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15.1 INTRODUCTION

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Since their discovery by Roentgen more than a century ago, x-rays have played a major role in modern medicine. The first recorded use of x-rays for the treatment of cancer occurred within 1 year of their discovery. Subsequently there has been intensive study of x-rays and other ionizing radiations, and their clinical application to cancer treatment has become increasingly sophisticated. This chapter and Chapter 16 review the biological effects of ionizing radiation and the application of that knowledge to cancer treatment.

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The present chapter begins with a review of the physical properties of ionizing radiations, their interactions within the cell (membrane, cytoplasm, and nucleus), and the molecular and cellular processes that ensue. The effect of energy deposition in tissue is discussed with emphasis on the pathways that control cellular proliferation following exposure to ionizing radiation. Finally, various genetic and epigenetic factors known to influence the radiosensitivity of normal and tumor cells are described in the context of using molecularly-based targets for designing treatment and predicting response to radiotherapy.

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15.2 INTERACTION OF RADIATION WITH MATTER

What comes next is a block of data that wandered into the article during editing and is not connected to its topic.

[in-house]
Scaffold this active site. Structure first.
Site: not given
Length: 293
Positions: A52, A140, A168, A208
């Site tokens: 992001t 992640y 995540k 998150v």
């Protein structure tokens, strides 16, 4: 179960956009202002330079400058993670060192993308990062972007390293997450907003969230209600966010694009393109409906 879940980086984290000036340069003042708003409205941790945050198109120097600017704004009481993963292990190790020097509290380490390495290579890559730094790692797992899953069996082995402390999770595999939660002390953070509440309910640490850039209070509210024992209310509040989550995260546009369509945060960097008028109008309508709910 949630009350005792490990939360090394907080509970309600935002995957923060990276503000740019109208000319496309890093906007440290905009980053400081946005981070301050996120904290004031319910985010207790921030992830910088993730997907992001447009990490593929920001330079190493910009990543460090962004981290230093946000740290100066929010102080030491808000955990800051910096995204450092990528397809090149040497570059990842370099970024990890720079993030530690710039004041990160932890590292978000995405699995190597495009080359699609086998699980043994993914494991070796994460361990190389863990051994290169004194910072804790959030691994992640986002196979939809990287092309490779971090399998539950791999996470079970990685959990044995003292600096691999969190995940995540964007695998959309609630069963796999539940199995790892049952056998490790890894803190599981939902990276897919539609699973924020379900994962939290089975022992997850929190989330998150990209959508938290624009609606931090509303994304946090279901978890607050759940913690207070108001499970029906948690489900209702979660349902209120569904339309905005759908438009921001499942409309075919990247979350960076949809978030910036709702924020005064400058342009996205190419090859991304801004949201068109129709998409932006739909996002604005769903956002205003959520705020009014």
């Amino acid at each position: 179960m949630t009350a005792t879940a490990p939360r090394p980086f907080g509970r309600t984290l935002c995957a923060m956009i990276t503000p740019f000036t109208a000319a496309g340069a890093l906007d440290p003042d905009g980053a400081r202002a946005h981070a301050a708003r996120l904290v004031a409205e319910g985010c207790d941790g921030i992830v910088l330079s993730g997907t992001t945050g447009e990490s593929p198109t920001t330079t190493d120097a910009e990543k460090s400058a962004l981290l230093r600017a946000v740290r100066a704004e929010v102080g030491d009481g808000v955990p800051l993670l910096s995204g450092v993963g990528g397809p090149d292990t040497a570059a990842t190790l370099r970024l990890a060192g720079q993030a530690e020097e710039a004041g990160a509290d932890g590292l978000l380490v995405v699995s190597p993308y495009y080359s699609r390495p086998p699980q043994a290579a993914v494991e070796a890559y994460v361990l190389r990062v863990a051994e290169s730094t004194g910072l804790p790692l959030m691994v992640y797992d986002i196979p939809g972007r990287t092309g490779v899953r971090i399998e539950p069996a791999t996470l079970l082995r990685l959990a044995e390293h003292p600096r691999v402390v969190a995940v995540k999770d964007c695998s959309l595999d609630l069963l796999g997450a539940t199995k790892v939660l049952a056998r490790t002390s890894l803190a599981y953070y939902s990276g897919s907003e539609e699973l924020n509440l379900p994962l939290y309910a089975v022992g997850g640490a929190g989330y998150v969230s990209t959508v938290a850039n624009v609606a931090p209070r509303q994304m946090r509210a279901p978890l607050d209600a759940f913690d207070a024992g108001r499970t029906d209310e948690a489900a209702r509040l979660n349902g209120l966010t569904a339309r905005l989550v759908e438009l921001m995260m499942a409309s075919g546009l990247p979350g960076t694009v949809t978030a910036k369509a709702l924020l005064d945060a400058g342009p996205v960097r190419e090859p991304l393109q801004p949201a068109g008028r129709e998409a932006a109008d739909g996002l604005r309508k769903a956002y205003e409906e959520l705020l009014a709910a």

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15.2.1 Types of Radiation, Energy Deposition, and Measurements of Radiation Dose

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X- and γ-rays constitute part of the continuous spectrum of electromagnetic (EM) radiation that includes radio waves, heat, and visible and UV light (Fig. 15–1). All types of EM radiation can be considered as moving packets (quanta) of energy called photons. The amount of energy in each individual photon defines its position in the EM spectrum. For example, x- or γ-ray photons carry more energy than heat or light photons and are at the high-energy end of the EM spectrum. Individual photons of x-rays are sufficiently energetic that their interaction with matter can result in the complete displacement of an electron from its orbit around the nucleus of an atom. Such an atom (or molecule) is left with a net (positive) charge and is thus an ion; hence the term ionizing radiation. Typical binding energies for electrons in biological material are in the neighborhood of 10 eV (electron volts). Thus photons with energies greater than 10 eV are considered to be ionizing radiation, while photons with energies of 2 to 10 eV are in the UV range and are nonionizing. An interaction that transfers energy, but does not completely displace an electron, produces an "excited" atom or molecule and is called an excitation.

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FIGURE 15–1

EM spectrum showing the relationship of photon wavelength in centimeters (cm) to its frequency in inverse seconds (s–1) and to its energy in joules (J) and electron volts (eV). The various bands in the spectrum are indicated. Slanted lines between bands indicate the degree of overlap in the definition of the various bands.

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UV radiation is split into 3 general classes, UV-C, UV-B, and ...

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